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Happy Passover

15 Apr

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Happy Passover. Or if you don’t celebrate, Happy Tuesday.

This year, I made a small dinner for a small crowd. Charoset, a light salad, spatchcocked flat-roasted chicken with carrots and parsnips, maple-roasted sweet potatoes (I used less syrup than the recipe calls for and added in some cinnamon). Complete with matzo sheets and red wine. Dessert was coconut macaroons from the bakery I work at, with a few squares of chocolate and a few more sips of wine.

A few more old favorite Passover recipes:

Matzo Lasagna

Kiss n’ Swirl Meringues (use Kosher for Passover vanilla, or omit altogether, if you do not consume vanilla on the holiday)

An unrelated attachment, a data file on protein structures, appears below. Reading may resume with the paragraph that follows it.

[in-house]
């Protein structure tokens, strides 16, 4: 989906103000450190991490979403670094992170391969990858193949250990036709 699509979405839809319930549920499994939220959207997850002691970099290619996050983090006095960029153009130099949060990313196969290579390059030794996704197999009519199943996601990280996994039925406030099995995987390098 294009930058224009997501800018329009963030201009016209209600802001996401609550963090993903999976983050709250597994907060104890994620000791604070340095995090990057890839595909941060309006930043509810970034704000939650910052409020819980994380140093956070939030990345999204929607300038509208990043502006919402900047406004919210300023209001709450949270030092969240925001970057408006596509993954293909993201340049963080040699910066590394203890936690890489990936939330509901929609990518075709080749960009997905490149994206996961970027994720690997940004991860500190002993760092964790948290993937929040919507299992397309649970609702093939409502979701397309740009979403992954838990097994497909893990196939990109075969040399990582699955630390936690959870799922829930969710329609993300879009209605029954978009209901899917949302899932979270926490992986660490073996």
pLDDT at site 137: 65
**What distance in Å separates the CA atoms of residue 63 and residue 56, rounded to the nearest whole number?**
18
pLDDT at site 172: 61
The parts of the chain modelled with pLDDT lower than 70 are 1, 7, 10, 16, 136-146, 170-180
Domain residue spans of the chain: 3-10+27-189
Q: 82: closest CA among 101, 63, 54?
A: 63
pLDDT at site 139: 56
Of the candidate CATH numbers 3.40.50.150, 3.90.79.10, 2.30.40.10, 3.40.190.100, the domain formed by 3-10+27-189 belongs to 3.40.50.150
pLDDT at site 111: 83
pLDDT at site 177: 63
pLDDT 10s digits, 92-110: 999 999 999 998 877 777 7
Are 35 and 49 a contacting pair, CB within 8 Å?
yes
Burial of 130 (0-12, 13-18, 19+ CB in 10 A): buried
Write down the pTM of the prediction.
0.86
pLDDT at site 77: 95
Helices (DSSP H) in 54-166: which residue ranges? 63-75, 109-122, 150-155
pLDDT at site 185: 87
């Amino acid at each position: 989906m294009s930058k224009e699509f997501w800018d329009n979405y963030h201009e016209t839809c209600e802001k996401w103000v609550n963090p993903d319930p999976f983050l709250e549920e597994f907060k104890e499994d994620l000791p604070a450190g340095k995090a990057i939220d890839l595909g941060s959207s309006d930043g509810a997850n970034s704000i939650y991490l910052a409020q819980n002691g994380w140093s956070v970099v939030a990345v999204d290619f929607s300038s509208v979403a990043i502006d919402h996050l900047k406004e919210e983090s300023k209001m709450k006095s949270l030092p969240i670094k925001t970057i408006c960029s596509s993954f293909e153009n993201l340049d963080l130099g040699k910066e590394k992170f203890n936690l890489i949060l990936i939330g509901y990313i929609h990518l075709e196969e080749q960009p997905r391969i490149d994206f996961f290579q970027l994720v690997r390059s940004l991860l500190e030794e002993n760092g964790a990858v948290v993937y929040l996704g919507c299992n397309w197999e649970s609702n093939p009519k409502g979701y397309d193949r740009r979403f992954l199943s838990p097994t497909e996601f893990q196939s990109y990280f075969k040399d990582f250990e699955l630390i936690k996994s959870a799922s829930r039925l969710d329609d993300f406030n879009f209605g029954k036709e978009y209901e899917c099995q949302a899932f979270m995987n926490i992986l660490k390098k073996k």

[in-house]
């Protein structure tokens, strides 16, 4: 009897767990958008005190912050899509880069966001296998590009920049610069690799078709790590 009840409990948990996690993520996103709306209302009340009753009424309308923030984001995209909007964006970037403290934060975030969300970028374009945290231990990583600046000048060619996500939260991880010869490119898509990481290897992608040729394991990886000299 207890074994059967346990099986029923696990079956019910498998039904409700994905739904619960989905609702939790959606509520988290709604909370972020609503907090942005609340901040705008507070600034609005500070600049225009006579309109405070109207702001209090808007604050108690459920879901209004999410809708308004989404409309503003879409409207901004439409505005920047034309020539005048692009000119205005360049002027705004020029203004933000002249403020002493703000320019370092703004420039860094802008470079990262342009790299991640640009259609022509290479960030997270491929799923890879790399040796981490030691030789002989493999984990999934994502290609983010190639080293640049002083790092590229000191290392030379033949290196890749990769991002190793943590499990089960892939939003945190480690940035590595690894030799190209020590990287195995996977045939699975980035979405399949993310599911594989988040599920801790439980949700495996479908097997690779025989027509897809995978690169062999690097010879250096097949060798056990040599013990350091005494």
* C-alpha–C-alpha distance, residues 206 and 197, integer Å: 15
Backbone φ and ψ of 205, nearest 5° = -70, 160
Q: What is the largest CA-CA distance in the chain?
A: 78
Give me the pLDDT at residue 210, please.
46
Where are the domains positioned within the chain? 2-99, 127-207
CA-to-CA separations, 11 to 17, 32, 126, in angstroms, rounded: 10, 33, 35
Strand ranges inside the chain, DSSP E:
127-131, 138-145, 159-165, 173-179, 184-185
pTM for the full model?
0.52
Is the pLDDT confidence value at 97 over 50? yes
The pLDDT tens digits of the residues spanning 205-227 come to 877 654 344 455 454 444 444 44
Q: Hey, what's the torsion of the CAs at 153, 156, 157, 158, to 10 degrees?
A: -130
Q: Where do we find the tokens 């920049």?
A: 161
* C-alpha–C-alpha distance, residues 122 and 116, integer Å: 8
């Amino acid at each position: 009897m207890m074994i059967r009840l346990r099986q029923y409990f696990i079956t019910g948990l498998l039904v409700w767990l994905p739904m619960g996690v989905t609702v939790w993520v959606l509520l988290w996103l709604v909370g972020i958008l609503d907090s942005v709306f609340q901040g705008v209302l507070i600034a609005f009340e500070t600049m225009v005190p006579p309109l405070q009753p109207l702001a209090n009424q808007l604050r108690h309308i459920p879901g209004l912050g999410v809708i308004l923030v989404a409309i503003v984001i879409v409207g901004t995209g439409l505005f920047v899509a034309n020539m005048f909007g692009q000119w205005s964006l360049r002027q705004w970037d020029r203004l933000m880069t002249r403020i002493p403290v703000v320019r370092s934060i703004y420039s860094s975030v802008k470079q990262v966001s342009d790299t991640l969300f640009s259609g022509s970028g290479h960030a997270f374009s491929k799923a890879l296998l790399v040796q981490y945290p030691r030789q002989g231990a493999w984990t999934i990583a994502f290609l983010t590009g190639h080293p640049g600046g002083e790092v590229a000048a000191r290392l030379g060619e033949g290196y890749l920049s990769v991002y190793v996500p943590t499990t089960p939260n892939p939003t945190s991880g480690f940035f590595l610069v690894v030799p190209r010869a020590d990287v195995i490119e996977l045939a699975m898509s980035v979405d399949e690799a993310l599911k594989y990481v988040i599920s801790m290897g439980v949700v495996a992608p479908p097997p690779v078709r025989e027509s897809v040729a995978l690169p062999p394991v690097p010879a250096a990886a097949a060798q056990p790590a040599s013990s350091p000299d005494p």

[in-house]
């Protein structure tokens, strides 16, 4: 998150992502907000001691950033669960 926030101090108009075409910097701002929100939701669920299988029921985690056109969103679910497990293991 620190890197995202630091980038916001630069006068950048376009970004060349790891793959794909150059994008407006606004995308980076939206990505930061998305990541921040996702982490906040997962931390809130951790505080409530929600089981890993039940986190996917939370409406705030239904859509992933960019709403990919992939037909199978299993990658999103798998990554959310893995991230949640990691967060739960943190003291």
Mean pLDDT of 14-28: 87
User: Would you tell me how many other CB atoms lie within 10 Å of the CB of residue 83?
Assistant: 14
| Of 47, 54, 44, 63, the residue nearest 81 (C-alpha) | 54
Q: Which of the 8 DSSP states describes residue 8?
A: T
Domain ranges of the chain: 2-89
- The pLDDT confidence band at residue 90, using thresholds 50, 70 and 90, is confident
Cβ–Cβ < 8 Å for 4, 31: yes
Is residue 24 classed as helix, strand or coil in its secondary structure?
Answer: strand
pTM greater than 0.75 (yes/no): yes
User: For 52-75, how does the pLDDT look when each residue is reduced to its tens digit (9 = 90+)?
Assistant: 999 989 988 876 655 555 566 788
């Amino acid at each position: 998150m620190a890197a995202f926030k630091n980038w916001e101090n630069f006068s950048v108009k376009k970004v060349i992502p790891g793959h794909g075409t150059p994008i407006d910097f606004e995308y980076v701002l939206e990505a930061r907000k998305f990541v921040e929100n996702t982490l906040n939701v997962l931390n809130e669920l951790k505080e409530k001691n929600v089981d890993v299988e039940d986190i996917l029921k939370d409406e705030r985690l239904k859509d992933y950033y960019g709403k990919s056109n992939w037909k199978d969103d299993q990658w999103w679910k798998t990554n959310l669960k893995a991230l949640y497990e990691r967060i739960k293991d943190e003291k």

xo

Stephanie

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(Vegan) Lasagna with Tofu “Garden Ricotta”

11 Mar

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Spring is around the corner, it is almost, almost here, but I still feel the slam of the cold on my face and hands every time I walk outside.

This lasagna is a transition from heavy, cheesy winter comforts to lighter, colorful spring fare. By using a tofu “ricotta” instead of actual ricotta, this pasta dish gets a lighter makeover so that we won’t have to undo the top button on our pants after eating.

I used to make tofu “ricotta” back when I was cooking for 60 students in the Berkeley co-ops. Pulse some firm tofu in a blender or food processor, add some aromatics and spices, and it turns from rubbery soy product to magical cheese-like goodness in seconds! I really like the addition of white miso paste to this version.